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Like their radical right counterparts in Finland and Norway, the Sweden Democrats might enter government as part of a coalition. The Finnish and Norwegian coalitions eventually broke down, however, over disagreements on immigration policies and the integration of non-natives.

Alternatively, the Sweden Democrats might stay out of government, while supporting it. That’s what the Danish People’s Party did in 2015, to avoid disputes over the European Union, even though they were the largest party in the winning bloc. That decision left the Danish People’s Party looking weak and indecisive, especially when their leader made advances to the Danish Social Democrats over social and employment policy in the run-up to Denmark’s 2019 election.

In Sweden, conflict between the Sweden Democrats and the Liberal Party will complicate the process. Both parties made it their priority to exclude the other from the government coalition. A two-party Moderates-Christian Democratic coalition, supported by Sweden Democrats and Liberals, might offer a viable alternative, but this would mark a major symbolic defeat for the Liberal Party.

Sweden’s next government has only a narrow majority

As the last two electoral terms show, even when winning parties have enough support to form a government, the coalition may not be able to govern very effectively. Löfvén, who was prime minister in 2014, lost the vote over the 2015 government budget, soon after being voted in as prime minister.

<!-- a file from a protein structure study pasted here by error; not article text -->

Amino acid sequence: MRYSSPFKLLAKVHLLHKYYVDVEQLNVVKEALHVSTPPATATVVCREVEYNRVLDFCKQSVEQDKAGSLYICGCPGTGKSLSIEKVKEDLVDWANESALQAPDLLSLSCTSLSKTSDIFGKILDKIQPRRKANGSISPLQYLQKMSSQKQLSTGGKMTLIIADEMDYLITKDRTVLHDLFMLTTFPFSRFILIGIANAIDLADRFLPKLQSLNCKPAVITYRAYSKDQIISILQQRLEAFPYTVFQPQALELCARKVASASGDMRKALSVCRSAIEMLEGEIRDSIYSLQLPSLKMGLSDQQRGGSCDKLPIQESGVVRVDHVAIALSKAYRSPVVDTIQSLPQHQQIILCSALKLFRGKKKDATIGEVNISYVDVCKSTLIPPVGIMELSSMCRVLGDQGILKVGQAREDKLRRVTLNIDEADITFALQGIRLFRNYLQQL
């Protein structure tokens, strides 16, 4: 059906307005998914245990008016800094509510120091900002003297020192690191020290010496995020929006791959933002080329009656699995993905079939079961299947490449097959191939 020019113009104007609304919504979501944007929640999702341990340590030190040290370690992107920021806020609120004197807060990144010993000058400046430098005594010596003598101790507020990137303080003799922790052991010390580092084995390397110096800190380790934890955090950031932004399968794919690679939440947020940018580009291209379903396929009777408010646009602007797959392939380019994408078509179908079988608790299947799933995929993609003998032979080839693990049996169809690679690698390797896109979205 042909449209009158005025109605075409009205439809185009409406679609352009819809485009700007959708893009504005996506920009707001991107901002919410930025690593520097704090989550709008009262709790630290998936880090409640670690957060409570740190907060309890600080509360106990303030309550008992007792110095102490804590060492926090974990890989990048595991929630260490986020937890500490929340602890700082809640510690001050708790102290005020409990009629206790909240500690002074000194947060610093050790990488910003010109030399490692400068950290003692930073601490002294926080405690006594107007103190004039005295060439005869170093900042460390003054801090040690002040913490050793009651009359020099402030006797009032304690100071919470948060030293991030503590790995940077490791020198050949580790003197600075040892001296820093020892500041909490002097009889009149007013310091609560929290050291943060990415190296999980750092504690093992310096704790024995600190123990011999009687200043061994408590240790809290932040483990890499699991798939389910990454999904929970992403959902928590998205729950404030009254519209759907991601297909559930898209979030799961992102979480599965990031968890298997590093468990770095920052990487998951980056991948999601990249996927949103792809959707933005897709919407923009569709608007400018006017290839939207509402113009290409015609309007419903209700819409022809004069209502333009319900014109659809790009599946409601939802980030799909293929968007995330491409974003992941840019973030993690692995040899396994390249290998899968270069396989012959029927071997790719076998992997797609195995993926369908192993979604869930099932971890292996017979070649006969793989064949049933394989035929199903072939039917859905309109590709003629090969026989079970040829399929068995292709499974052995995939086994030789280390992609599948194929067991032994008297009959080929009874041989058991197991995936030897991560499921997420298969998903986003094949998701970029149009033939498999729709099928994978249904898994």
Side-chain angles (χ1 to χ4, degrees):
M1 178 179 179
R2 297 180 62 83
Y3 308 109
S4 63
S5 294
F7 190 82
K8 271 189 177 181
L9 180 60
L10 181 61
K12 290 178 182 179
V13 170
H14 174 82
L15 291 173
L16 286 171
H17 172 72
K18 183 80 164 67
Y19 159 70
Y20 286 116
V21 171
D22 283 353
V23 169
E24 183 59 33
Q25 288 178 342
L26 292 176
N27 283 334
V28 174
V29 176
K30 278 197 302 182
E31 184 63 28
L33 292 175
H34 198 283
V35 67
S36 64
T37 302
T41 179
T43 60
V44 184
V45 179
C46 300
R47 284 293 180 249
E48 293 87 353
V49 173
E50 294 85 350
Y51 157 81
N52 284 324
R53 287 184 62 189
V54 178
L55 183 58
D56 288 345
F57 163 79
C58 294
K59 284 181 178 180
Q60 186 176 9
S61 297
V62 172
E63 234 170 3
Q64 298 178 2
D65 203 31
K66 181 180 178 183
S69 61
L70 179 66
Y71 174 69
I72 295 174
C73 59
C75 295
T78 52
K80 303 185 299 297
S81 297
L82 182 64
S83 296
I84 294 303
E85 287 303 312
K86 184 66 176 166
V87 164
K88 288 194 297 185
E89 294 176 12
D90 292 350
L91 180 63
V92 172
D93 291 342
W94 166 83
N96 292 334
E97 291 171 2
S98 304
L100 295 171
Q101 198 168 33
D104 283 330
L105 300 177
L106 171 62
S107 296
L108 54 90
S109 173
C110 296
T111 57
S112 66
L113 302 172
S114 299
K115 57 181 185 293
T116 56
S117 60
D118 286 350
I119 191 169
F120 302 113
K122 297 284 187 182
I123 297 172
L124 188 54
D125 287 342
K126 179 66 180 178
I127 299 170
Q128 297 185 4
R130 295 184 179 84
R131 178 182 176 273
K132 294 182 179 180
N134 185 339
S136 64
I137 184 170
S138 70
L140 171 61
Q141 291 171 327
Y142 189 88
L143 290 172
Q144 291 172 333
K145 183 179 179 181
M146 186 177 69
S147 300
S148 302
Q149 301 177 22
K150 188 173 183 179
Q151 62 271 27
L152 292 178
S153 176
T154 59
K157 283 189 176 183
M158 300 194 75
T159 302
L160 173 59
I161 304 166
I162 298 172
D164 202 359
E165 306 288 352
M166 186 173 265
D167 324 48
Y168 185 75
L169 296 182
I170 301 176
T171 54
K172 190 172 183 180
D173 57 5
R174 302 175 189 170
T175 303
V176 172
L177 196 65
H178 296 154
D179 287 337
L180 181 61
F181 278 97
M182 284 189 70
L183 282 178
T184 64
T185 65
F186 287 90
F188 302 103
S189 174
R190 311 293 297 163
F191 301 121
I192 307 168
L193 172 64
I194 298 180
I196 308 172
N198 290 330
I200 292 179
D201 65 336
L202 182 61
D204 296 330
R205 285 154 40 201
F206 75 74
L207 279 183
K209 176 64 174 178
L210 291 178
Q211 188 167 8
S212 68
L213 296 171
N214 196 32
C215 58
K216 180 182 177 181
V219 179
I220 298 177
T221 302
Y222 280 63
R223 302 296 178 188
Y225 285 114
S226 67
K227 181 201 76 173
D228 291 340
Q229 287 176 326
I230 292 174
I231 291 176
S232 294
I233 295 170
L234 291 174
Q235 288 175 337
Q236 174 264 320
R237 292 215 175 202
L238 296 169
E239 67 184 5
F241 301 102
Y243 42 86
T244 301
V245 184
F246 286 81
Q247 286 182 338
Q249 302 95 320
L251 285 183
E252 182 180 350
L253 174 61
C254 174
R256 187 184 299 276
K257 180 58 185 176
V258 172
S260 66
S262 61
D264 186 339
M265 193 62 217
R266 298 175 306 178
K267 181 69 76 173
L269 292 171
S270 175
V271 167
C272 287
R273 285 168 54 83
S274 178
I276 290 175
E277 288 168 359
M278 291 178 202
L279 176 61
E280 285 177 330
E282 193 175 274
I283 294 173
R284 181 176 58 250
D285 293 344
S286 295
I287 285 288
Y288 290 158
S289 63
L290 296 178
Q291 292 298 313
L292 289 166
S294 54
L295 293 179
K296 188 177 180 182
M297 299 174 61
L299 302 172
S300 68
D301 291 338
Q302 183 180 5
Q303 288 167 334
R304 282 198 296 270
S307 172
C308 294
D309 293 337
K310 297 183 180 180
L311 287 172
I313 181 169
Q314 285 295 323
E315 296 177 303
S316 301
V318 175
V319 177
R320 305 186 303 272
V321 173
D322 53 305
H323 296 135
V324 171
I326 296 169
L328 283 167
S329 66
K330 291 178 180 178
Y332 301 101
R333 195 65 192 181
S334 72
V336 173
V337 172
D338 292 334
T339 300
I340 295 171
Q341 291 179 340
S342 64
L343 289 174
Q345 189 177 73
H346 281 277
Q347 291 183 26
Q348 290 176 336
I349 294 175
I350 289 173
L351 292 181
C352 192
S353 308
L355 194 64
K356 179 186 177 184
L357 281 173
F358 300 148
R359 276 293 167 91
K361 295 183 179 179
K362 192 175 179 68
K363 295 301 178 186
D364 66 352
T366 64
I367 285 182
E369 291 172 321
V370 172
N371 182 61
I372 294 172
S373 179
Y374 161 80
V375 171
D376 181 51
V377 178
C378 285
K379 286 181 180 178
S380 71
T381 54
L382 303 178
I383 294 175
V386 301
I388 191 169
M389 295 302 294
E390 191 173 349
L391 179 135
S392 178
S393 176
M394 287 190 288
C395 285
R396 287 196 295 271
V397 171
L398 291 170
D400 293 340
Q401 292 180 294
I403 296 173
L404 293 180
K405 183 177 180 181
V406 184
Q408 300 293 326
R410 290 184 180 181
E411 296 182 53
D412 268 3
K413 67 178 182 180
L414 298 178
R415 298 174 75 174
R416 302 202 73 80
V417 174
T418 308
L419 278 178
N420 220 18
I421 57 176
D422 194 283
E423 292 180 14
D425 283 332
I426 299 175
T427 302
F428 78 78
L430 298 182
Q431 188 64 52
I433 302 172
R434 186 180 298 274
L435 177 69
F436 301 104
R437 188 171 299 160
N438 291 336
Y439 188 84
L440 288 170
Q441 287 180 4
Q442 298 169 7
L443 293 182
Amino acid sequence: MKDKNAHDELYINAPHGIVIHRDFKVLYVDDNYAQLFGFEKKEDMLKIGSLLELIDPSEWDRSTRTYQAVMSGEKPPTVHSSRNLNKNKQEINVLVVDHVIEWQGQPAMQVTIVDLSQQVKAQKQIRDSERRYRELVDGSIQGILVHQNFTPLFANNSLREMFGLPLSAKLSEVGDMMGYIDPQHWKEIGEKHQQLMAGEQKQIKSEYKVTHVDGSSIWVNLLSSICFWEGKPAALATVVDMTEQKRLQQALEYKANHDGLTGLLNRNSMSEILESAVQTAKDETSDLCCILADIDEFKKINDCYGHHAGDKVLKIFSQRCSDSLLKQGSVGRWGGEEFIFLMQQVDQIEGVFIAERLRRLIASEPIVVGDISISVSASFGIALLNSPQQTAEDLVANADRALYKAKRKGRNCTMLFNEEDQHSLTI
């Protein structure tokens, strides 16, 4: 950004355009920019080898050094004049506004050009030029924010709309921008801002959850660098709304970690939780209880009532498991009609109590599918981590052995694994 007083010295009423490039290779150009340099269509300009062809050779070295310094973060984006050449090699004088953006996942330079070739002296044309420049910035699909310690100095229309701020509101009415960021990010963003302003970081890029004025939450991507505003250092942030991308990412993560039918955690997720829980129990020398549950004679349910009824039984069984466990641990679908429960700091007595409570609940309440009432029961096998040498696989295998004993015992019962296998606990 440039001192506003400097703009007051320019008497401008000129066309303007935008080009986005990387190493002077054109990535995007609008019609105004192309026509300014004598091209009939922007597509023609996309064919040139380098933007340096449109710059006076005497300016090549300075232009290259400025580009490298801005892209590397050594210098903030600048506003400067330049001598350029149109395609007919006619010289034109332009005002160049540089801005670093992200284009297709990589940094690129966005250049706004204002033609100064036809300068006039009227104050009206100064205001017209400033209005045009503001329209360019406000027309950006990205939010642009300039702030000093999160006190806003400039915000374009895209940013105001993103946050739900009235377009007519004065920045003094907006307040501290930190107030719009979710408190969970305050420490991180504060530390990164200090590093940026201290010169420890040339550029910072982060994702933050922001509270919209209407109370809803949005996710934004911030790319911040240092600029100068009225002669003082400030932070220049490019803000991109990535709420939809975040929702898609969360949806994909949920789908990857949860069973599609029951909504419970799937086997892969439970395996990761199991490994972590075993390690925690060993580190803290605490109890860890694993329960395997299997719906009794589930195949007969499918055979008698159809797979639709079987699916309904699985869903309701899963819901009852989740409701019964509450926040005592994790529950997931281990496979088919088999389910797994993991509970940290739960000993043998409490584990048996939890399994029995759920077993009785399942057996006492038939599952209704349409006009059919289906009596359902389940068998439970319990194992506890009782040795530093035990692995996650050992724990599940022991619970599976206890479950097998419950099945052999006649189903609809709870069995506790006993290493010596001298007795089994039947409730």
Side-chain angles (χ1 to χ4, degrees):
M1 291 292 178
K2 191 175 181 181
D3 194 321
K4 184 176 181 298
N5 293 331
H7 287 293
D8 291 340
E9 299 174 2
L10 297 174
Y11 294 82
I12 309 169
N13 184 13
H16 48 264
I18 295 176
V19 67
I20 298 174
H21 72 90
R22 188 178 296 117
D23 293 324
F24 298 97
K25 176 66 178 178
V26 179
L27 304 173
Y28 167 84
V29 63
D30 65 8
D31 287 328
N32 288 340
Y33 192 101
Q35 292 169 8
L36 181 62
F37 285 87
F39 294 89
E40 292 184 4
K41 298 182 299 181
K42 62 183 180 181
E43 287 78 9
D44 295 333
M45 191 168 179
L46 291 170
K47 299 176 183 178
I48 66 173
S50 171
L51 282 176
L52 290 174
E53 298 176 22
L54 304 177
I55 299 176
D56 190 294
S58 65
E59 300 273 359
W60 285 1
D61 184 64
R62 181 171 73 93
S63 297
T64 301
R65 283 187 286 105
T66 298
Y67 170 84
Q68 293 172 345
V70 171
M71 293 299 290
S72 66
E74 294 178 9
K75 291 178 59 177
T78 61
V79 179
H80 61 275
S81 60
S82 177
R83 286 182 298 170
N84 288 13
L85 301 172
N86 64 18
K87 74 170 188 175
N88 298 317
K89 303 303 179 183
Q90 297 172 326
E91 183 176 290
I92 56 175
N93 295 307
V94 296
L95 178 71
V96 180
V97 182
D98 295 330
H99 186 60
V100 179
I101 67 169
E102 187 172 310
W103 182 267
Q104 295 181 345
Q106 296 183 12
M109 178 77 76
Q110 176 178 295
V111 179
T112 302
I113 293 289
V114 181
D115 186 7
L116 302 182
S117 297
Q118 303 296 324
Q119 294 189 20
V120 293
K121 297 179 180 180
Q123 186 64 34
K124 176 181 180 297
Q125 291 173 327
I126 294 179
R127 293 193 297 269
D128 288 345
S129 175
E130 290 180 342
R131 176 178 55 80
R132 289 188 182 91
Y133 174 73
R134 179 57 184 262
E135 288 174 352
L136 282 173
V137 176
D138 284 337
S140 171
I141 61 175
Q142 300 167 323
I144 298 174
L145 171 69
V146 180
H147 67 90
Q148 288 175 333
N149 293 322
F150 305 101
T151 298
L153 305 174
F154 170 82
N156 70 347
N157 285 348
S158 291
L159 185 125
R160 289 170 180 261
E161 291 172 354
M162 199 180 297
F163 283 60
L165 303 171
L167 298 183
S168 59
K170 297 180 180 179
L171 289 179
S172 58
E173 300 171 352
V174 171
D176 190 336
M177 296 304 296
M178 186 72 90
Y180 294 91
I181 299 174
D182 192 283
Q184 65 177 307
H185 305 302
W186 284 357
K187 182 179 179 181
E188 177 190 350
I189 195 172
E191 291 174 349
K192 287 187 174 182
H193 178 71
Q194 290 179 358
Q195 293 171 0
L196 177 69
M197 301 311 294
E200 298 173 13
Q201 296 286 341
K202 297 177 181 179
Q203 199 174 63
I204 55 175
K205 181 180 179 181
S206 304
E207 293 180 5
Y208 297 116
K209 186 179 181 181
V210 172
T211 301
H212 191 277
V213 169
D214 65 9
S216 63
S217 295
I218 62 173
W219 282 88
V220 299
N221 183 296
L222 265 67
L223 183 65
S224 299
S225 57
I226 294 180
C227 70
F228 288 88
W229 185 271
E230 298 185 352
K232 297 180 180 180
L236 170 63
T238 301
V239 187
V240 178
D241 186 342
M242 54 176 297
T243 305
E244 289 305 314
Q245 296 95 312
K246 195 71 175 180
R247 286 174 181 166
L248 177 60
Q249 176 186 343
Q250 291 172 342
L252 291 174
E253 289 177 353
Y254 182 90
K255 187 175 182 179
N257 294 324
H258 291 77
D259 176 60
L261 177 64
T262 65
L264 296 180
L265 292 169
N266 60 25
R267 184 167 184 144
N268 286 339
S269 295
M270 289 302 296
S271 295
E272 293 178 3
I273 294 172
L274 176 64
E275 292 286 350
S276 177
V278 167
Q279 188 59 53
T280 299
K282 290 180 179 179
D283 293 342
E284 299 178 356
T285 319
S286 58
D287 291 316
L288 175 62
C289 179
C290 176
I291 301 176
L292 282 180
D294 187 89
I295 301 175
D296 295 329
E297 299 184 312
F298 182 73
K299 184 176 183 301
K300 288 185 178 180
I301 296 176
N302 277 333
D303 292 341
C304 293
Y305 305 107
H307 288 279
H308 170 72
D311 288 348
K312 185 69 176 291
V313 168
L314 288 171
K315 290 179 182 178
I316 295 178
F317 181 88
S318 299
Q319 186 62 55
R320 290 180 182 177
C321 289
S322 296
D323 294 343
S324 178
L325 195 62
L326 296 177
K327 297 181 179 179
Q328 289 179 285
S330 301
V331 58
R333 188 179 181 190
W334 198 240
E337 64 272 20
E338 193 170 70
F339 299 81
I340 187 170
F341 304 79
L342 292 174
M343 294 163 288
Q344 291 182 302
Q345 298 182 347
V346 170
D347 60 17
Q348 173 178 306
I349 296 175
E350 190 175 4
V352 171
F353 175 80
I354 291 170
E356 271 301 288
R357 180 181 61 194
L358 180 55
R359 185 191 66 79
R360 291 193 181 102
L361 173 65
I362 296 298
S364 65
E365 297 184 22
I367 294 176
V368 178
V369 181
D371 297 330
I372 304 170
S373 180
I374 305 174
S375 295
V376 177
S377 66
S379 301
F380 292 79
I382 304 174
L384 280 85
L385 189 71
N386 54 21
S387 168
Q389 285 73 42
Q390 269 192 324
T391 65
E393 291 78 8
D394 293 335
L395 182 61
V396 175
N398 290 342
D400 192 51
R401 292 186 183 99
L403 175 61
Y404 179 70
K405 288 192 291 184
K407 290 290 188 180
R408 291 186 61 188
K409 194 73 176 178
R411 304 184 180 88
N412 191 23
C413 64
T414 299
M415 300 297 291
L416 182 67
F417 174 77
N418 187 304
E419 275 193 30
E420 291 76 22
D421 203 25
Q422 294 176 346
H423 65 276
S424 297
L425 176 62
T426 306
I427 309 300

Kristersson will want to avoid a similar embarrassment. However, his coalition’s narrow majority in Parliament — 176 seats to 173 seats on the left — means the new government will be vulnerable if members of parliament defect or are expelled. And the likelihood of policy misalignments suggests that neither the Sweden Democrats or the Liberals are likely to be stable partners.

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In the near term, the Sweden Democrats and the other three parties are likely to disagree over the level of unemployment benefits, for instance. The Sweden Democrats might even side with the opposition Social Democrats to protect benefits that their supporters like. Despite these types of challenges, the government might still survive.

Over the longer run, the Sweden Democrats are untested on economic and energy policy issues. Both of these issues are increasingly urgent for Sweden, which faces high inflation and energy shortages like other European countries. Should the Sweden Democrats withdraw their support for government policies on these issues, Kristersson might not necessarily resign. Instead, he might have to rely on the support of the Social Democrats — as his predecessor Carl Bildt did, when he was unable to work with the populist New Democracy party during the economic crisis of the early 1990s.

Sweden’s new government will probably be more stable than its two immediate predecessors, for now. But it still faces a number of difficult political challenges and will be working with a slim majority.

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Jacob Christensen (@jacobchr) is a senior lecturer in social science in the social work department at UCL University College at Odense, Denmark.